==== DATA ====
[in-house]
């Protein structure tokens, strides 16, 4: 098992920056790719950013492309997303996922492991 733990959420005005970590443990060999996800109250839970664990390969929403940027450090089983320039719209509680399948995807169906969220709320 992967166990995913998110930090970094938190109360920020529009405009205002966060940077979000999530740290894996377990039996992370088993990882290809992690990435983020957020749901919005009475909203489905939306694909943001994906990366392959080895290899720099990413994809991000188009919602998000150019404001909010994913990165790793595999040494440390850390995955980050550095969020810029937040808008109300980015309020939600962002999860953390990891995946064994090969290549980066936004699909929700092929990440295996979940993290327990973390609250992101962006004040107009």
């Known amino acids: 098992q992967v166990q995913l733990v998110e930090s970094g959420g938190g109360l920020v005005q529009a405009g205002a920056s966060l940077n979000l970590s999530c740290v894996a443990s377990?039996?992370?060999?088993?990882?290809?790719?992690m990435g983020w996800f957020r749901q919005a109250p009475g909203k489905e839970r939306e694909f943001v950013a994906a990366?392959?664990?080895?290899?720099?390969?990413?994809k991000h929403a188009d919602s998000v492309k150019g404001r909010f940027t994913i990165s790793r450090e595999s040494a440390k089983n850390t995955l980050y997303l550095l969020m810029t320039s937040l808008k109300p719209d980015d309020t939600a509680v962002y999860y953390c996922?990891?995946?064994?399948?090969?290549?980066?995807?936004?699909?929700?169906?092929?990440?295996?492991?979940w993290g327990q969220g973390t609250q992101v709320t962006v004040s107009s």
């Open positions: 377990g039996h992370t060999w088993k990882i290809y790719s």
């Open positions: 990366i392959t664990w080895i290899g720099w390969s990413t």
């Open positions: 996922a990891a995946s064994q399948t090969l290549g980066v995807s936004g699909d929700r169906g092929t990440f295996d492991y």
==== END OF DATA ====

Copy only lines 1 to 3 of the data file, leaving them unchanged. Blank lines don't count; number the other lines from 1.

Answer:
[in-house]
């Protein structure tokens, strides 16, 4: 098992920056790719950013492309997303996922492991 733990959420005005970590443990060999996800109250839970664990390969929403940027450090089983320039719209509680399948995807169906969220709320 992967166990995913998110930090970094938190109360920020529009405009205002966060940077979000999530740290894996377990039996992370088993990882290809992690990435983020957020749901919005009475909203489905939306694909943001994906990366392959080895290899720099990413994809991000188009919602998000150019404001909010994913990165790793595999040494440390850390995955980050550095969020810029937040808008109300980015309020939600962002999860953390990891995946064994090969290549980066936004699909929700092929990440295996979940993290327990973390609250992101962006004040107009």
């Known amino acids: 098992q992967v166990q995913l733990v998110e930090s970094g959420g938190g109360l920020v005005q529009a405009g205002a920056s966060l940077n979000l970590s999530c740290v894996a443990s377990?039996?992370?060999?088993?990882?290809?790719?992690m990435g983020w996800f957020r749901q919005a109250p009475g909203k489905e839970r939306e694909f943001v950013a994906a990366?392959?664990?080895?290899?720099?390969?990413?994809k991000h929403a188009d919602s998000v492309k150019g404001r909010f940027t994913i990165s790793r450090e595999s040494a440390k089983n850390t995955l980050y997303l550095l969020m810029t320039s937040l808008k109300p719209d980015d309020t939600a509680v962002y999860y953390c996922?990891?995946?064994?399948?090969?290549?980066?995807?936004?699909?929700?169906?092929?990440?295996?492991?979940w993290g327990q969220g973390t609250q992101v709320t962006v004040s107009s």